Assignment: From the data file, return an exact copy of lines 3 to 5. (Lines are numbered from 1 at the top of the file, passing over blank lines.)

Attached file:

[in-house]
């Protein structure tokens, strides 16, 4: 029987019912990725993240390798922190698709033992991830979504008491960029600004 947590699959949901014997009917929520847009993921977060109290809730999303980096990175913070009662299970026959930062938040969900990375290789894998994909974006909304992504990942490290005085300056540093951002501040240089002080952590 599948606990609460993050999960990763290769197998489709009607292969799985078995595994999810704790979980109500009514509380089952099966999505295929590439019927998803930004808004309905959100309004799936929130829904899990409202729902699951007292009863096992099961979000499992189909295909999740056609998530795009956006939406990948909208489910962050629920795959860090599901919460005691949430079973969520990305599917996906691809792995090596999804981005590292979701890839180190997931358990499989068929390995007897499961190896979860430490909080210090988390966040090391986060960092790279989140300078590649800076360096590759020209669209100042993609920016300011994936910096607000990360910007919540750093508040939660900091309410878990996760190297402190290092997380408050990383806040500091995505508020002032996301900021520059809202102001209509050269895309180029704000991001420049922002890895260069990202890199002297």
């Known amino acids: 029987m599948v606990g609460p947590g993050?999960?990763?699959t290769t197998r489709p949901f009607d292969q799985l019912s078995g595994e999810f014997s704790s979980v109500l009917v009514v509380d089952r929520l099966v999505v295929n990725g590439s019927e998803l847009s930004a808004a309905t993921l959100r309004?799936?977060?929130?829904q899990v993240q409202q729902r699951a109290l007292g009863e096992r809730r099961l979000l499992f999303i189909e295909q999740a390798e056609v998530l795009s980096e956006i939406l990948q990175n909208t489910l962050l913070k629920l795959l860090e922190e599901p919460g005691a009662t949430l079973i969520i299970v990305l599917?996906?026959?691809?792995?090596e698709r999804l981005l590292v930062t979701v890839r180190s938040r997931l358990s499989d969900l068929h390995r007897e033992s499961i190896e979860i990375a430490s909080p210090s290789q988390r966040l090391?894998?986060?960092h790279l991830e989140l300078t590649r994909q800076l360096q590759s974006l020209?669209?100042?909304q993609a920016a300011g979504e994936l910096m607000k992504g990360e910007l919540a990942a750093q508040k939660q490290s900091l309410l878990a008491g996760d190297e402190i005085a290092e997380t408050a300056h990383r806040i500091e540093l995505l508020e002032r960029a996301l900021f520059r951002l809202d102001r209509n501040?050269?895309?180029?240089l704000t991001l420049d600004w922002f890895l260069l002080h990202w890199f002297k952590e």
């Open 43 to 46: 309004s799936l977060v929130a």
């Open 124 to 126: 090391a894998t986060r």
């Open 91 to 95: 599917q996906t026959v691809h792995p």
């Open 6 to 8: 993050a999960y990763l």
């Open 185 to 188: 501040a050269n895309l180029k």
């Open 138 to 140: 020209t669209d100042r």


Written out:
């Known amino acids: 029987m599948v606990g609460p947590g993050?999960?990763?699959t290769t197998r489709p949901f009607d292969q799985l019912s078995g595994e999810f014997s704790s979980v109500l009917v009514v509380d089952r929520l099966v999505v295929n990725g590439s019927e998803l847009s930004a808004a309905t993921l959100r309004?799936?977060?929130?829904q899990v993240q409202q729902r699951a109290l007292g009863e096992r809730r099961l979000l499992f999303i189909e295909q999740a390798e056609v998530l795009s980096e956006i939406l990948q990175n909208t489910l962050l913070k629920l795959l860090e922190e599901p919460g005691a009662t949430l079973i969520i299970v990305l599917?996906?026959?691809?792995?090596e698709r999804l981005l590292v930062t979701v890839r180190s938040r997931l358990s499989d969900l068929h390995r007897e033992s499961i190896e979860i990375a430490s909080p210090s290789q988390r966040l090391?894998?986060?960092h790279l991830e989140l300078t590649r994909q800076l360096q590759s974006l020209?669209?100042?909304q993609a920016a300011g979504e994936l910096m607000k992504g990360e910007l919540a990942a750093q508040k939660q490290s900091l309410l878990a008491g996760d190297e402190i005085a290092e997380t408050a300056h990383r806040i500091e540093l995505l508020e002032r960029a996301l900021f520059r951002l809202d102001r209509n501040?050269?895309?180029?240089l704000t991001l420049d600004w922002f890895l260069l002080h990202w890199f002297k952590e």
């Open 43 to 46: 309004s799936l977060v929130a």
């Open 124 to 126: 090391a894998t986060r």